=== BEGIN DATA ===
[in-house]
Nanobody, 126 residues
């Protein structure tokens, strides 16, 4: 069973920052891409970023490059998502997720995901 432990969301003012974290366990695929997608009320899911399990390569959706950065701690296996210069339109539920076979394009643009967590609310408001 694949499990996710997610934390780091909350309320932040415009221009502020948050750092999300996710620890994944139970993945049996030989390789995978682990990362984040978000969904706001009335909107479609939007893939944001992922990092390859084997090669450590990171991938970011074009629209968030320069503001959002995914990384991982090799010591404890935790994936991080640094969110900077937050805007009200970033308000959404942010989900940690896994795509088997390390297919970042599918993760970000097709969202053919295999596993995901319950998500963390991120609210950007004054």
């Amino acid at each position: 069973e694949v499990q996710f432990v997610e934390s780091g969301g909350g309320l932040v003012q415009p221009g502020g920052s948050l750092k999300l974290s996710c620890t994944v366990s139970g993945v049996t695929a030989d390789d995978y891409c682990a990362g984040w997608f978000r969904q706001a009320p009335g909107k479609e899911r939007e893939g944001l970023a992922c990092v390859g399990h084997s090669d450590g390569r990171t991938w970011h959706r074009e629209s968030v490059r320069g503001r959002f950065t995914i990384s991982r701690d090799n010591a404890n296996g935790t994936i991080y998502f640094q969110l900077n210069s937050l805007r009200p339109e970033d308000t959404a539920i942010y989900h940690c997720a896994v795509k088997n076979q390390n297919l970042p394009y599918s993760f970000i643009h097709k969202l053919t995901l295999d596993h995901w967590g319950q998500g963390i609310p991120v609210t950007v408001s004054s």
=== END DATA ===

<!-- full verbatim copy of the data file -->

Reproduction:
[in-house]
Nanobody, 126 residues
């Protein structure tokens, strides 16, 4: 069973920052891409970023490059998502997720995901 432990969301003012974290366990695929997608009320899911399990390569959706950065701690296996210069339109539920076979394009643009967590609310408001 694949499990996710997610934390780091909350309320932040415009221009502020948050750092999300996710620890994944139970993945049996030989390789995978682990990362984040978000969904706001009335909107479609939007893939944001992922990092390859084997090669450590990171991938970011074009629209968030320069503001959002995914990384991982090799010591404890935790994936991080640094969110900077937050805007009200970033308000959404942010989900940690896994795509088997390390297919970042599918993760970000097709969202053919295999596993995901319950998500963390991120609210950007004054």
């Amino acid at each position: 069973e694949v499990q996710f432990v997610e934390s780091g969301g909350g309320l932040v003012q415009p221009g502020g920052s948050l750092k999300l974290s996710c620890t994944v366990s139970g993945v049996t695929a030989d390789d995978y891409c682990a990362g984040w997608f978000r969904q706001a009320p009335g909107k479609e899911r939007e893939g944001l970023a992922c990092v390859g399990h084997s090669d450590g390569r990171t991938w970011h959706r074009e629209s968030v490059r320069g503001r959002f950065t995914i990384s991982r701690d090799n010591a404890n296996g935790t994936i991080y998502f640094q969110l900077n210069s937050l805007r009200p339109e970033d308000t959404a539920i942010y989900h940690c997720a896994v795509k088997n076979q390390n297919l970042p394009y599918s993760f970000i643009h097709k969202l053919t995901l295999d596993h995901w967590g319950q998500g963390i609310p991120v609210t950007v408001s004054s």